The shooting in Colorado happened just before midnight on the eve of the annual Transgender Day of Remembrance, a commemoration of hundreds of people killed each year globally.
Tuesday’s vigil for many was also an act of continued queer resistance, a struggle that many emphasized did not end when gay marriage was legalized.
For Miss New Mexico Pride Sativa Rico Stratton, who has many friends who go to Club Q regularly, the shooting was also deeply personal.
“It’s not going to end with Club Q. So we need to make sure that we are out in the community, and we are helping and guiding each other, and that we are supporting our youth, and we are chanting,” Stratton said. “We are teaching them that the fight will never be over. It may get easier, but it’s not going away.”
After deaths like these, Mirabal said the violence does change what runs through her head while performing. She thinks about how to try and keep others and herself safe in such a scenario.
That’s why, she said, it is important to move forward with love: to keep each other safe.
Lujan Grisham positive for COVID-19, not celebrating holiday — Associated Press
New Mexico Gov. Michelle Lujan Grisham has tested positive for COVID-19, marking the second time she has gotten the virus.
In a statement, the governor said she was experiencing mild symptoms and was isolating. The governor said she was fully vaccinated and had received the latest COVID-19 booster.
She wasn't taking part in Thanksgiving celebrations with family.
"While testing positive just before the Thanksgiving holiday is disappointing, I know that I am protecting my loved ones by isolating and not joining them for holiday festivities," Lujan Grisham said.
The governor, who tested positive on Wednesday afternoon, had returned on Tuesday from a United Nations climate change conference in Egypt.
Lujan Grisham first tested positive for the virus about three months ago.
National UFO Historical Records Center coming to Albuquerque — Toby Martinez, Roswell Daily Record
A group of historians and archivists have announced plans to open a new national archive in the Albuquerque area focusing on unidentified aerial phenomenon. Led by author and researcher David Marler, the National UFO Historical Records Center will establish the largest historical archive dedicated to the preservation and centralization of UFO/UAP information in the United States.
At a presentation announcing the new archive during International UFO Congress in Phoenix on Oct. 14, Marler said, "What's the importance of all this? Looking at these historical cases, providing context for what we're hearing about today, well, it demonstrates that there's a rich, diverse history of this UFO phenomenon wherever you look, whether it's newspapers, government documents historical archives, etc."
Marler continues, "I was thinking about this a while back, when you look at the UFO subject we have the National UFO Reporting Center, great. And we also have the National Archives, okay, but the one thing we don't have is, you put these two ideas together, there is no National Archives of Ufology despite the need for one."
The archive is set to include official and civilian case files, audio and video recordings, correspondence, photographs, books, magazines, news clippings, research notes, microfilm, along with and digital and physical artifacts. Documents from the National Investigations Committee on Aerial Phenomena (NICAP), the Center for UFO Studies (CUFOS) and J. Allen Hynek's personal Project Blue Book files. It also includes personal collections from researchers Philip Mantle, Antonio Huneeus and Lou Farish, among others.
"I want to postulate this to you: What if we could centralize all the historical data under one roof," Marler said. "What if we could be able to cross-reference all this data to look for patterns, to gain insights, to add to the already growing amount of information and knowledge we have? What if we could scan and make accessible all of this material to the worldwide UFO community and get some really important people looking at this data?"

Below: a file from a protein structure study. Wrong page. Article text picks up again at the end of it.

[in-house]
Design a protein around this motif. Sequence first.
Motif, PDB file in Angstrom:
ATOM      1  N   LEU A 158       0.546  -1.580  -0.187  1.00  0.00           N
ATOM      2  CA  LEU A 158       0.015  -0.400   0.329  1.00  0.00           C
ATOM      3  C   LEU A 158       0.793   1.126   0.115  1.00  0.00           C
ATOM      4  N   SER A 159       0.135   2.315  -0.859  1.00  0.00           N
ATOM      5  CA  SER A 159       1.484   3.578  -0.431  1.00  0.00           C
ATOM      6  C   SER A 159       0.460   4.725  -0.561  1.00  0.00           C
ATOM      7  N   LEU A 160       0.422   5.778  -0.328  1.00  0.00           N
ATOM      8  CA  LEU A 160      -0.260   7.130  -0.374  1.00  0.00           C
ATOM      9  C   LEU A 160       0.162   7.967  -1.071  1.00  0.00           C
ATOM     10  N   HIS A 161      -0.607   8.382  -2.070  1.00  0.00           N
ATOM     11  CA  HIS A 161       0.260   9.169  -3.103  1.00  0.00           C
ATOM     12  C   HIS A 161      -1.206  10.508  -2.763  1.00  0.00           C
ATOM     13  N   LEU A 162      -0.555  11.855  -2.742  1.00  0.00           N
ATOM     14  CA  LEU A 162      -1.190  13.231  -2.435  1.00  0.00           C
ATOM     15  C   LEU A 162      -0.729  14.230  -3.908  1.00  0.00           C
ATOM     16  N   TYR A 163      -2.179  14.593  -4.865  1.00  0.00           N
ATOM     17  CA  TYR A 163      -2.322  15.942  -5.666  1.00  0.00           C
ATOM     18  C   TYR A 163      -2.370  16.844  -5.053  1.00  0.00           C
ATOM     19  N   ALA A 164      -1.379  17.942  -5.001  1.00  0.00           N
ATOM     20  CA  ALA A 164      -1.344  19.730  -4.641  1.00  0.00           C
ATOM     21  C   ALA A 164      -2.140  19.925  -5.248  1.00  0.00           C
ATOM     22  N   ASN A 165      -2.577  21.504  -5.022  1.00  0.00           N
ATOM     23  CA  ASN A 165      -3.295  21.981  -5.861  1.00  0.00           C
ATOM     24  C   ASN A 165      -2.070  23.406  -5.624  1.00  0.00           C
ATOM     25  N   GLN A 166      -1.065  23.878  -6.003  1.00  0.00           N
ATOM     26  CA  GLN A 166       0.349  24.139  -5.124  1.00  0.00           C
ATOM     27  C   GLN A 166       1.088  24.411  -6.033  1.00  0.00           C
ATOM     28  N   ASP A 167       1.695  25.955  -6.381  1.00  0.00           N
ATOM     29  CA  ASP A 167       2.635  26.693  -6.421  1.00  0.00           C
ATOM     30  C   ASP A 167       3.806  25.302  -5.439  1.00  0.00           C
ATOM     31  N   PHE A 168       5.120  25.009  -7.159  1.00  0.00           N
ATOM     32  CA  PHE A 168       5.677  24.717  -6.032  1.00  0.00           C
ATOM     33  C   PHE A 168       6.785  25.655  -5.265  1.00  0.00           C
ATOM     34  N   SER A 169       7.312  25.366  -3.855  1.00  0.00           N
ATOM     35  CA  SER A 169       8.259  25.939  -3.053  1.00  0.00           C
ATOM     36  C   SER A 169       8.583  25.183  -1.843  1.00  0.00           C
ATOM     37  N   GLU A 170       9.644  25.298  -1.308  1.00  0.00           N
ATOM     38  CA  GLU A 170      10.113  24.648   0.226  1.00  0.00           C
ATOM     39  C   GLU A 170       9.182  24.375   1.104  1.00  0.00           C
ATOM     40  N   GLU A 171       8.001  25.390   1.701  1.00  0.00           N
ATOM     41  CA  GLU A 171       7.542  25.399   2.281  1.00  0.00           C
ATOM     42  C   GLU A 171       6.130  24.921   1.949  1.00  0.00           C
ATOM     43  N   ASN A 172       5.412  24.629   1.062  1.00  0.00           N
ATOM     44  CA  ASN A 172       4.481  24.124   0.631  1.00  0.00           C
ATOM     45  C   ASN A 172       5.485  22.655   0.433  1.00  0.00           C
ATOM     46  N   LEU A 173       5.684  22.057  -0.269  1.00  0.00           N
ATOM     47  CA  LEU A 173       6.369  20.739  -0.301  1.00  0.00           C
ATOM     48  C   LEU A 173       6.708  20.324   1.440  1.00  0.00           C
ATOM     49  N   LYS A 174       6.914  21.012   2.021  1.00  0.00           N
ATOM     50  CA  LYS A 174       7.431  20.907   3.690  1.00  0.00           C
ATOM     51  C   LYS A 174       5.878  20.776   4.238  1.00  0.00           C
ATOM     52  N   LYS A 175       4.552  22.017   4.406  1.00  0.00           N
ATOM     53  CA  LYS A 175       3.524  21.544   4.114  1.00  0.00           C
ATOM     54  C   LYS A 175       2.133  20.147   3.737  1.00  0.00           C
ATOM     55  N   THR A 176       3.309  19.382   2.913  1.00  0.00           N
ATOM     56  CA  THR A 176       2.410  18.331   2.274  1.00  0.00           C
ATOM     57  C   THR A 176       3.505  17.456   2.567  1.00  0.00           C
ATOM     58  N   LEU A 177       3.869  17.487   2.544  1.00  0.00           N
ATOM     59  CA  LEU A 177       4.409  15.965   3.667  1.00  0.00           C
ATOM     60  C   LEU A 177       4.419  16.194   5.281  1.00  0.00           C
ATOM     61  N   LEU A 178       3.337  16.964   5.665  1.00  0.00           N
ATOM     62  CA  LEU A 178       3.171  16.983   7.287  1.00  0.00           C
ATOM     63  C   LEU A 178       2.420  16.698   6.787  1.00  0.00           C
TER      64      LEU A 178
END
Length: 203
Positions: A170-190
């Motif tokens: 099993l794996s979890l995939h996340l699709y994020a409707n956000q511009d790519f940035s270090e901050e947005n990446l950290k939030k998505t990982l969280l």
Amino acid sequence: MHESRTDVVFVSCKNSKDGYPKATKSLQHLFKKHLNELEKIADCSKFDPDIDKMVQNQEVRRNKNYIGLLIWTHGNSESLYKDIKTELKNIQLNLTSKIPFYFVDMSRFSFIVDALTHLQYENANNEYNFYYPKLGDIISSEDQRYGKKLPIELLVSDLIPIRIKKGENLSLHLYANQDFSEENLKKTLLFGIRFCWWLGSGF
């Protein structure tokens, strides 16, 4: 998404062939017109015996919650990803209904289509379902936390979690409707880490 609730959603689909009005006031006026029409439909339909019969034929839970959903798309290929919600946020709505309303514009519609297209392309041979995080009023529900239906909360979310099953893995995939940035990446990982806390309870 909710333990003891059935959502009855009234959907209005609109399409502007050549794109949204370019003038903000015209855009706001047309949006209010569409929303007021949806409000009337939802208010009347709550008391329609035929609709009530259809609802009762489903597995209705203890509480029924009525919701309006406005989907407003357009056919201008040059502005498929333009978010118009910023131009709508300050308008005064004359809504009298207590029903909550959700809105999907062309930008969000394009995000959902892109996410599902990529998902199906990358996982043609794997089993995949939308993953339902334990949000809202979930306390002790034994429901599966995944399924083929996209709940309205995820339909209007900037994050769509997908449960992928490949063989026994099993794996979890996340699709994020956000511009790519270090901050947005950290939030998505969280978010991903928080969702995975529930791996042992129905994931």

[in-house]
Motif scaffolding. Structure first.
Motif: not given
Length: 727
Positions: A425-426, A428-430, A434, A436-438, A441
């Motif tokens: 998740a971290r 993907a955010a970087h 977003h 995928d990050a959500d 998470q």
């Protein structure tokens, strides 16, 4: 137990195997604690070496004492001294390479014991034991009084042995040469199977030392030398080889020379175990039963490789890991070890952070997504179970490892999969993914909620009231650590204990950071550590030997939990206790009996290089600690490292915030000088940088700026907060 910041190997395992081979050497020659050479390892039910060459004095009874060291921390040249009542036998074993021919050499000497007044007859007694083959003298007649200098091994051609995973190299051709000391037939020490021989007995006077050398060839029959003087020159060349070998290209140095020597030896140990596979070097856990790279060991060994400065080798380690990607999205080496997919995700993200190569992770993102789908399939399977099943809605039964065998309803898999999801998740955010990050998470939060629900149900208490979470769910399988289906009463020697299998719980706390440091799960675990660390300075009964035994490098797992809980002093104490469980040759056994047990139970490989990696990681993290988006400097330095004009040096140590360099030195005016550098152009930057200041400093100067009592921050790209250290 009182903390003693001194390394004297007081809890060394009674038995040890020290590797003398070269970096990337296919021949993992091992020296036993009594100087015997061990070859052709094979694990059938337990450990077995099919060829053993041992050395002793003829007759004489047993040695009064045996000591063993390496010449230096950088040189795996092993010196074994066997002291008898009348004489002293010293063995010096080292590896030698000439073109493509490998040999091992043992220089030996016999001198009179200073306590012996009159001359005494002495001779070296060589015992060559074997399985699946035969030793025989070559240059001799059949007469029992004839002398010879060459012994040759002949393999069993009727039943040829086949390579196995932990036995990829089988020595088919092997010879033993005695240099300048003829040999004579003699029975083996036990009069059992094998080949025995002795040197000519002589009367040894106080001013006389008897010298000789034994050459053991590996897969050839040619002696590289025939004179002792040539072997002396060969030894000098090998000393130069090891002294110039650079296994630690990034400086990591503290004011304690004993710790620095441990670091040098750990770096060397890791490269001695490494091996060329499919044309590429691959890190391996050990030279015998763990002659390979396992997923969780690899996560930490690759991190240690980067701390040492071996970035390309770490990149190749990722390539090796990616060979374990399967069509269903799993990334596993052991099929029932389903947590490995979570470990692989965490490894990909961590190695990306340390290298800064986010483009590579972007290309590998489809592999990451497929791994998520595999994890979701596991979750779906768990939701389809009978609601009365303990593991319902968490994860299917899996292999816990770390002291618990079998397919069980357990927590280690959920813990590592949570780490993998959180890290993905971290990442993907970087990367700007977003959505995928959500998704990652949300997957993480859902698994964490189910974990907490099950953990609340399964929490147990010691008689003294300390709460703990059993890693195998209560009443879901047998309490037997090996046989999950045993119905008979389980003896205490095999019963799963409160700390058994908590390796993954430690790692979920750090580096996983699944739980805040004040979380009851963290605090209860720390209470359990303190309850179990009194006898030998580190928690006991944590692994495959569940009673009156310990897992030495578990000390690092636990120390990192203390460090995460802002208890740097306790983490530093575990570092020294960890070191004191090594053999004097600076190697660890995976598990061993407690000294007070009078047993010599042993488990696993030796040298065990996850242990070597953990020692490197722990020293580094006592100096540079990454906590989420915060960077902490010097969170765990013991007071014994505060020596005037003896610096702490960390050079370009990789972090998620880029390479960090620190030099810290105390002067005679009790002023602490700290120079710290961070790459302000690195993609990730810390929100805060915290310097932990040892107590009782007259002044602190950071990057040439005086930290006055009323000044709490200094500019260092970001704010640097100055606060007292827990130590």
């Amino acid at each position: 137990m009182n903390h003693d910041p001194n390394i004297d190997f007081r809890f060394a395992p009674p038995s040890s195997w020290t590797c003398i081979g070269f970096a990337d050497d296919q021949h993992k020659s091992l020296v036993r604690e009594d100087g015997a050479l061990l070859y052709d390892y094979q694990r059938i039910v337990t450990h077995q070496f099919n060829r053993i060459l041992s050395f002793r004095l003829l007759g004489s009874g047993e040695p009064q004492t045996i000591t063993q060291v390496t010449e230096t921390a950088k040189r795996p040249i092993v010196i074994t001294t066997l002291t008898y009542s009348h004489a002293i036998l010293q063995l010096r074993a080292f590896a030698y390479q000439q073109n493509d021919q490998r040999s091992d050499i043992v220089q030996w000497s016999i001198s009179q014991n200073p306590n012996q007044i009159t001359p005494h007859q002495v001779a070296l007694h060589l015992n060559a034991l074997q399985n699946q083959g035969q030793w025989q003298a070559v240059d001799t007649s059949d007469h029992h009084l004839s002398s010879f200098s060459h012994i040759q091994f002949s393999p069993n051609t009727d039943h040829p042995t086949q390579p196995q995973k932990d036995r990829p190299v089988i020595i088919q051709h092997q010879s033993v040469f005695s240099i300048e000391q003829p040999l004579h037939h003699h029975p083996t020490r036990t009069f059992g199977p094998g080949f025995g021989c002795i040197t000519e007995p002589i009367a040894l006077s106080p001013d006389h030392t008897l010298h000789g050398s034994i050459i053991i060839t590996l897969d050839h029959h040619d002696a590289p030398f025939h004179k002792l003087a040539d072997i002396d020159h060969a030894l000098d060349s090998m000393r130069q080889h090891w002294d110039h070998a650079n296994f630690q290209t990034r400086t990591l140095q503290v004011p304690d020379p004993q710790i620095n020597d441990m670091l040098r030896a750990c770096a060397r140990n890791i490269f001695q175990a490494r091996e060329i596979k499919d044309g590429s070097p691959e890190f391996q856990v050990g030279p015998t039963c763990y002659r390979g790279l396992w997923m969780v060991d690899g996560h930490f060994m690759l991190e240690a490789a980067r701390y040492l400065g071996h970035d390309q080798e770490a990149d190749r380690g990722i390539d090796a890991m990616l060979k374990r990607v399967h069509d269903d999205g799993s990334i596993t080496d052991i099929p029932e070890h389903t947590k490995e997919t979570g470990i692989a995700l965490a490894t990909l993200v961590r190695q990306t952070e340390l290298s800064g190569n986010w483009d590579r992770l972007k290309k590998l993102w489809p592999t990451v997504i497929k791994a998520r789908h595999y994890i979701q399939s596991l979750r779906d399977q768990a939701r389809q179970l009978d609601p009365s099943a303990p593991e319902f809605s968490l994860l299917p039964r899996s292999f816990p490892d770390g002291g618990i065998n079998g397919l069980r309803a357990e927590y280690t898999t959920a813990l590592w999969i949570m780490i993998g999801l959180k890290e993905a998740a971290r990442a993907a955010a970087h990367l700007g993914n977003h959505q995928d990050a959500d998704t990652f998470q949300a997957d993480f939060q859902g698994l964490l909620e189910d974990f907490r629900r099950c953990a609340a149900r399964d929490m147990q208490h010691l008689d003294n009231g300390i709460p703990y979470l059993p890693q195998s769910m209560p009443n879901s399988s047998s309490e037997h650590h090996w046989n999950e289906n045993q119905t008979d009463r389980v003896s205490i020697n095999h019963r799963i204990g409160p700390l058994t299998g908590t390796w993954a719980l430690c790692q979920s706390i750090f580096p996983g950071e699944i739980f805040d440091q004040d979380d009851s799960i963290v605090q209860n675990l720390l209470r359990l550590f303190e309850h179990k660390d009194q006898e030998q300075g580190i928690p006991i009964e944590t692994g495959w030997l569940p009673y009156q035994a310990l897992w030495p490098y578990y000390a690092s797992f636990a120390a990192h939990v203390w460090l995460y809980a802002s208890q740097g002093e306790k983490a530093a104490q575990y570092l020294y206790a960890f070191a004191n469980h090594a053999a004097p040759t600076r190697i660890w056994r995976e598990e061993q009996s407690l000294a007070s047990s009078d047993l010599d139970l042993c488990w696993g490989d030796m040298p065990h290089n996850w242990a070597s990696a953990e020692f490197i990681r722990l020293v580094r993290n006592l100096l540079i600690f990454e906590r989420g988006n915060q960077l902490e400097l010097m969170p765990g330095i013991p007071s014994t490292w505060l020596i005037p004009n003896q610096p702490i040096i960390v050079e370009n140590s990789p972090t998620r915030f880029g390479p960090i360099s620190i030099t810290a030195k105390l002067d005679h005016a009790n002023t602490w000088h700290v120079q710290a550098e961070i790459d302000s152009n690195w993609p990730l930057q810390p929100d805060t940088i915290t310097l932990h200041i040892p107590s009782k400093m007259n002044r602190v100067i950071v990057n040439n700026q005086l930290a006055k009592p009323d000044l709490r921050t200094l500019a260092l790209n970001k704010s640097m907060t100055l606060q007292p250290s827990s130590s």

Marler continues, "Imagine the case files and reports that have never been seen. The audio tapes that have never been heard. The potential discoveries that could lead to answers, potentially, to this mystery. So what am I proposing? The largest gathering of UFO historical U.S collections."
Members of the new organization include Jan Aldrich, Rod Dyke, Barry Greenwood, Dr. Mark Rodeghier and Rob Swiatek. "Many people data mine the internet," Marler said. "I'm here to tell you I would argue only 40 to 50 percent of the data is out on the internet. We still have physical case holdings that need to be digitized. I really look forward to trying to preserve the history and hopefully we'll be here at future events to share that history with you and to help researchers and producers like James Fox."
In a press release, the organization stated, "Our mission is to collect, preserve, and provide historical UFO materials to the general public and interested parties. With the accumulated data, we hope to assist with serious research endeavors and aid in an accurate chronicling of UFO/UAP history for present and future generations regardless of belief or non-belief in the subject."
Efforts are currently underway to find a building for the new non-profit archive. "We want to base it in Albuquerque, New Mexico because of the state affiliation with the subject," Marler said.
New Mexico Investment Council commits record $100M in fund - Associated Press
New Mexico's State Investment Council is pledging $100 million to a tech-focused nonprofit, the council's biggest commitment on record to a single venture fund.
The council gave unanimous approval of the investment Tuesday into America's Frontier Fund, the Albuquerque Journal reported.
America's Frontier Fund, or AFF, is the "first investment platform committed to reinvigorating our nation's innovation and manufacturing prowess in critical frontier technology sectors," according to its website. It combines private and public resources. The technology sectors the fund sees as potentially transformative include microelectronics, artificial intelligence, and new energy.
The money will come from the council's private equity program, which channels funds from New Mexico's Severance Tax Permanent Fund toward venture firms that support local startups.